Buoyed by recent polls, Benjamin Netanyahu is hitting the campaign trail, hard.
The former prime minister is currently predicted to regain power when Israelis go to the polls (for the fifth time in four years) on November 1.
Still, he’s leaving nothing to chance, and while Interim Prime Minister Yair Lapid is taking full advantage of his time on the international stage, Netanyahu is out there shoring up his base constituency.
But he’s been asked to do so from inside a bubble. Literally.
Israel’s Shin Bet (the local equivalent of the FBI) is worried that years of campaigning by left-wing and even some right-wing parties against Netanyahu personally has made him a target. In particular, Netanyahu has been incessantly accused by his opponents of being a “fascist” and a “threat to democracy.”
Netanyahu has likened the slurs to incitement to violence. The Shin Bet hasn’t said as much, but apparently it does fear someone could take a shot at him.
Security officials informed Netanyahu’s campaign that he would need to conduct his appearances from behind protective glass.
Well, he’s making a lot of stops every day, and setting up such an apparatus would likely take longer than his brief speech at each location. So instead, Netanyahu and his team built a mobile stage on the back of a large truck with protective glass on one side. At each stop the truck rolls up, Netanyahu gets inside and addresses the local voters, and then they quickly move on.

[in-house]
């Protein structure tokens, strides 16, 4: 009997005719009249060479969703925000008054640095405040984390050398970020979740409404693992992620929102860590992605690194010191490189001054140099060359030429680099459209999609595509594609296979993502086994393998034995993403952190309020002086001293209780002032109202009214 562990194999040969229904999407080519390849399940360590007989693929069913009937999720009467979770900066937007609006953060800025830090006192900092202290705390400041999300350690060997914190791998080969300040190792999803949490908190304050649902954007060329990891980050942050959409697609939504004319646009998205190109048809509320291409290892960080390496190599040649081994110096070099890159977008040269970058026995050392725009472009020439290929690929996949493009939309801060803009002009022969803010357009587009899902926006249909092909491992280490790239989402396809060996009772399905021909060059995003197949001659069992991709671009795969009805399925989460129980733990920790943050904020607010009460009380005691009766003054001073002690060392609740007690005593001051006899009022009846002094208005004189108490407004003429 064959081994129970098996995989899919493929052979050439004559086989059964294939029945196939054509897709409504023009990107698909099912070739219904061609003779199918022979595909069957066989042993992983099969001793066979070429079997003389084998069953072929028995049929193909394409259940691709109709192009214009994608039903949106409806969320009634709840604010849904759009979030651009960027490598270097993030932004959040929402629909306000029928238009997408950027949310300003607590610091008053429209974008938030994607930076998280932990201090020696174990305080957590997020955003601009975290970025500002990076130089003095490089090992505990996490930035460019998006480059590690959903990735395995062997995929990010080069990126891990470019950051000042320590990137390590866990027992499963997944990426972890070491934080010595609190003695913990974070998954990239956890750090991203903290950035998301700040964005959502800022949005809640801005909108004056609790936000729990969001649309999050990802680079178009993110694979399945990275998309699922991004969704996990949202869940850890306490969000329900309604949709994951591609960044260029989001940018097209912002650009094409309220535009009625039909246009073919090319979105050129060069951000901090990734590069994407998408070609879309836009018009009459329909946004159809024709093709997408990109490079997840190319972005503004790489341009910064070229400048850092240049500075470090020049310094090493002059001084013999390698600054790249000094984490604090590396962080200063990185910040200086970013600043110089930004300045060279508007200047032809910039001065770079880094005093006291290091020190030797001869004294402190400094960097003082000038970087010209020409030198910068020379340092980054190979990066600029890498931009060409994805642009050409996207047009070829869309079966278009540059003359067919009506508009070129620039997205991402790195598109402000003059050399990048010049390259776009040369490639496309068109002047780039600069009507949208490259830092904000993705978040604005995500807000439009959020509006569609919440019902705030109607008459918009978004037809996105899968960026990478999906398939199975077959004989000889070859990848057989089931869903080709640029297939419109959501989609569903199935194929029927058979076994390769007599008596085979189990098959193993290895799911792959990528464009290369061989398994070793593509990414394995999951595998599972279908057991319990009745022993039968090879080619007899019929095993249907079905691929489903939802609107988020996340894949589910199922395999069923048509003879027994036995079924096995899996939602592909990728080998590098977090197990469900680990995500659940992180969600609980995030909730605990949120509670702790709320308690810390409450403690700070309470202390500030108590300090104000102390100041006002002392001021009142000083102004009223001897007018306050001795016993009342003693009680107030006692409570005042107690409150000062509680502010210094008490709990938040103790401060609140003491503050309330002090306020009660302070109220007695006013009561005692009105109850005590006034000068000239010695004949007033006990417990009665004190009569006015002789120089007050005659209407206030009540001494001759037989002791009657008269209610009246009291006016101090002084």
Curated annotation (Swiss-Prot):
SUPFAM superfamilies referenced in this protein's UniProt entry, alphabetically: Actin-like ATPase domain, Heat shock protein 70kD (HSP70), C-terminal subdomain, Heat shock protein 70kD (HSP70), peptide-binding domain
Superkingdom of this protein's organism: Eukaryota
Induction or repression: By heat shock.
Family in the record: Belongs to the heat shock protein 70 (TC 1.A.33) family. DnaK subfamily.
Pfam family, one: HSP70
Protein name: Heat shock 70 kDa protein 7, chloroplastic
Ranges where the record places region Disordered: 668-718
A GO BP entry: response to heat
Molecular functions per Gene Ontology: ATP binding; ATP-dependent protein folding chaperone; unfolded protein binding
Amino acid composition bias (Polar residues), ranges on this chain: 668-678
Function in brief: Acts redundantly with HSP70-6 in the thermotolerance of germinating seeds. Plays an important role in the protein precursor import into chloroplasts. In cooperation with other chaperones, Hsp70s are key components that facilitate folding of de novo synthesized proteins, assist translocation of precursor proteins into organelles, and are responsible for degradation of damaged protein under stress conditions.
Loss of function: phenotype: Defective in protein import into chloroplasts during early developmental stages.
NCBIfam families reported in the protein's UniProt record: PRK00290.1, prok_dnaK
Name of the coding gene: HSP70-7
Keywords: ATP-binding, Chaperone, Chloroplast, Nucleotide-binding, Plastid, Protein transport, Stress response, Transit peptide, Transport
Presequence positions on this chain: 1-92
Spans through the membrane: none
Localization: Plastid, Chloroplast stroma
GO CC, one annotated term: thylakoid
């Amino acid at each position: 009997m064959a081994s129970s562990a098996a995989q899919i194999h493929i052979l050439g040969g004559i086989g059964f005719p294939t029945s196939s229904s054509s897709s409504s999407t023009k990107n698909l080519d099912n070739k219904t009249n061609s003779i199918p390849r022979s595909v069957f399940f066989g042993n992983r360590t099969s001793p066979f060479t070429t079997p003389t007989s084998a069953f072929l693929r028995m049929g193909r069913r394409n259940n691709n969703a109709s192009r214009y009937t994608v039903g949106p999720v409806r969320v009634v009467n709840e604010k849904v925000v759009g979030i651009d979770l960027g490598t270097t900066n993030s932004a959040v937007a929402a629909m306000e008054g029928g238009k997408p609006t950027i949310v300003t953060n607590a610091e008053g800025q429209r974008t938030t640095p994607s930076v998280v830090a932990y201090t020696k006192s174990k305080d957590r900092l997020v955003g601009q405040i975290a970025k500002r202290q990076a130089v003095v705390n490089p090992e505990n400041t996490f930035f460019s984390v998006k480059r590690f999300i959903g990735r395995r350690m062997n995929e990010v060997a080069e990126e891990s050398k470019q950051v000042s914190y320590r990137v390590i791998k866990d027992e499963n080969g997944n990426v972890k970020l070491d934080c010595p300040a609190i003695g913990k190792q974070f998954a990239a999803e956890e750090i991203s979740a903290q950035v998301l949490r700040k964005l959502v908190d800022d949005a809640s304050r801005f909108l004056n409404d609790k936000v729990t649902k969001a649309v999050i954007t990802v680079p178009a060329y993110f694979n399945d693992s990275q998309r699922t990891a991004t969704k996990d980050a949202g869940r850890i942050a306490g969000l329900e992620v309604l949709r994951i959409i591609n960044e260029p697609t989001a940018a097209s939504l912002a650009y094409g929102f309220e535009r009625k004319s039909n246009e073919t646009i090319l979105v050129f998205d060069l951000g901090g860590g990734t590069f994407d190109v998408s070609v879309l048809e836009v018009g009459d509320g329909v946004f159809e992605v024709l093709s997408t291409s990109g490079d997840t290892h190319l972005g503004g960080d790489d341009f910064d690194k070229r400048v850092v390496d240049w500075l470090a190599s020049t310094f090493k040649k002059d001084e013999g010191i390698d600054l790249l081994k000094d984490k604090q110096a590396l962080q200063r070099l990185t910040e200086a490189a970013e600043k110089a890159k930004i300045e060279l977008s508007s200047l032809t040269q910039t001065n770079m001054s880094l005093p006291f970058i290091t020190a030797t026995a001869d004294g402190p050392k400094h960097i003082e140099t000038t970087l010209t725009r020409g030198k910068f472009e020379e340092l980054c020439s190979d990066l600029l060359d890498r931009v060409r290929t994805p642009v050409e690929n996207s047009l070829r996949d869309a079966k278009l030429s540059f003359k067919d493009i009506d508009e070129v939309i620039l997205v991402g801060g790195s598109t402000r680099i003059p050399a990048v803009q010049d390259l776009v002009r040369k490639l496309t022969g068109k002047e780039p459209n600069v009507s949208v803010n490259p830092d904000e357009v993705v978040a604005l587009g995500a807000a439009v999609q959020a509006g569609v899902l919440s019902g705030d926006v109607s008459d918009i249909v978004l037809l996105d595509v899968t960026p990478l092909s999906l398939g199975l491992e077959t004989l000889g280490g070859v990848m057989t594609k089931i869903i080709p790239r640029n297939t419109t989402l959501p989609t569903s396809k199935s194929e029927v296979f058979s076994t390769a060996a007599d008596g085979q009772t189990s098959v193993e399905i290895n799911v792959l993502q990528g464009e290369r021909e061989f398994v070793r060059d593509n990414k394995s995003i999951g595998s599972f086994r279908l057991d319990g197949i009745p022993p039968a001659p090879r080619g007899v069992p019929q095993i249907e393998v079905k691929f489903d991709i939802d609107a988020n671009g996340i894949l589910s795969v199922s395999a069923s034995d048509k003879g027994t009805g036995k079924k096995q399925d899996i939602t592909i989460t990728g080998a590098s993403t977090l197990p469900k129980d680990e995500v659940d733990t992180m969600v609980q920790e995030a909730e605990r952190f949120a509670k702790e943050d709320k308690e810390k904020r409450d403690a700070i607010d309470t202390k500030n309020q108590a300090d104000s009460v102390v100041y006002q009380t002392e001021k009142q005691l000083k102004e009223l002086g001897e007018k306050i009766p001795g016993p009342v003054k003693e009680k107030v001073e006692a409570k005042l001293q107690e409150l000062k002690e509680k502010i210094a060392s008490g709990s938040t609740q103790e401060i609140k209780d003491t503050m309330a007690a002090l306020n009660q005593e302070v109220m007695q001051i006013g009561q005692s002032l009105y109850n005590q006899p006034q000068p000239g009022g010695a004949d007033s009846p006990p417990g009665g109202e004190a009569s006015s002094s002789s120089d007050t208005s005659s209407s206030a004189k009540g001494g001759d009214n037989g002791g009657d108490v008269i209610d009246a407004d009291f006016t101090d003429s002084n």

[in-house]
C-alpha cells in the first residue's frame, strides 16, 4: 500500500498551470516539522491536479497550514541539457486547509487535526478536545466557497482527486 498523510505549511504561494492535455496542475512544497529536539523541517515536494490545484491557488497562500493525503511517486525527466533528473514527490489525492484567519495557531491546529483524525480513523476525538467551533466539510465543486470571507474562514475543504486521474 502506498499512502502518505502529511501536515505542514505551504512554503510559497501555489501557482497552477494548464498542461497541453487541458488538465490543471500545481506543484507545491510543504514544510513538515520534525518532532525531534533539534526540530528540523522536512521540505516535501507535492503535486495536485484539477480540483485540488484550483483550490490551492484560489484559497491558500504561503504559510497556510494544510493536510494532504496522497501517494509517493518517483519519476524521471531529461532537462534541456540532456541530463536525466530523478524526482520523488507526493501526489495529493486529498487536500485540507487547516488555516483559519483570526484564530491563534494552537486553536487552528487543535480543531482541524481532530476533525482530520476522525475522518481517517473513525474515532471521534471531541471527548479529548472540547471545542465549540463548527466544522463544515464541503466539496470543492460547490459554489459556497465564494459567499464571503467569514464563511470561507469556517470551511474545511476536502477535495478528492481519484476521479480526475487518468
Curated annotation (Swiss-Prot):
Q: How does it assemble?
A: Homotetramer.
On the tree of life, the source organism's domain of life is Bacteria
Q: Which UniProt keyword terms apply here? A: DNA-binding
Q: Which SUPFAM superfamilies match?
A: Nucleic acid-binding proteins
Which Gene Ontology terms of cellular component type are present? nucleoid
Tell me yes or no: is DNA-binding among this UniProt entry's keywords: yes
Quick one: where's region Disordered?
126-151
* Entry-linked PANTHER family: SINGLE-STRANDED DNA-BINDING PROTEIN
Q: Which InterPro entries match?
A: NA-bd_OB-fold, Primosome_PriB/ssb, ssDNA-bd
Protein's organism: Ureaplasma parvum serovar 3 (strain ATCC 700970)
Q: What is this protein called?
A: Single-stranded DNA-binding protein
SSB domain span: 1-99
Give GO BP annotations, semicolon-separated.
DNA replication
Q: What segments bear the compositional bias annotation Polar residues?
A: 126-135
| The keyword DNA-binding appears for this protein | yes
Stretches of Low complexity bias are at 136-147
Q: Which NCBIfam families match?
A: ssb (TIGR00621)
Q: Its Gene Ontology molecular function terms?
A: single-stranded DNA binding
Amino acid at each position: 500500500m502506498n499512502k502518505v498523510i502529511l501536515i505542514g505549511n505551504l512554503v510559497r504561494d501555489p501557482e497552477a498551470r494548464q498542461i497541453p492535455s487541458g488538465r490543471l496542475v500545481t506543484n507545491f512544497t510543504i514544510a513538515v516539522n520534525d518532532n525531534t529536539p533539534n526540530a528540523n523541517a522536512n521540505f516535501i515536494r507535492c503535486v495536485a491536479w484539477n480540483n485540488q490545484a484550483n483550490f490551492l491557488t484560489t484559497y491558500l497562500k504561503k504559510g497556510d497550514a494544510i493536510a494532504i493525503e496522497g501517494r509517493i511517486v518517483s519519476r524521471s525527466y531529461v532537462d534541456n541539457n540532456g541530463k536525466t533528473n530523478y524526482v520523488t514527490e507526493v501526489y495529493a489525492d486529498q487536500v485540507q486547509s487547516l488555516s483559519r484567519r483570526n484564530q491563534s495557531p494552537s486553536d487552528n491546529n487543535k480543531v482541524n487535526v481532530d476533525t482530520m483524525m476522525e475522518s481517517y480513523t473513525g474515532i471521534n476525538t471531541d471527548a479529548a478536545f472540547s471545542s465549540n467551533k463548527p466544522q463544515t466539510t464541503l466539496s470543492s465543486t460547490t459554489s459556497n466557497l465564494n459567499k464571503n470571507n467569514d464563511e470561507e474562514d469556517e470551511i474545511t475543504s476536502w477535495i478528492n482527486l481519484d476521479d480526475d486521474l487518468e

But also a bit silly looking, even if it does speak to a very real threat to his life.
Images of Netanyahu speaking to the masses from inside a sealed bubble have further fueled opponents’ charges that he is an elitist and disconnected from the public.
Others have facetiously compared it to the “popemobile,” the glass-enclosed vehicle used by the Pope when he makes public appearances outside the Vatican. It perhaps doesn’t help that Netanyahu’s team has chosen an equally silly name for their vehicle – the “Bibi-Ba” bus, which translates as “Bibi is Coming.”
Campaign antics are one of Netanyahu’s calling cards. It’s worked for him in the past, and if the polls are right, it appears to be working again.
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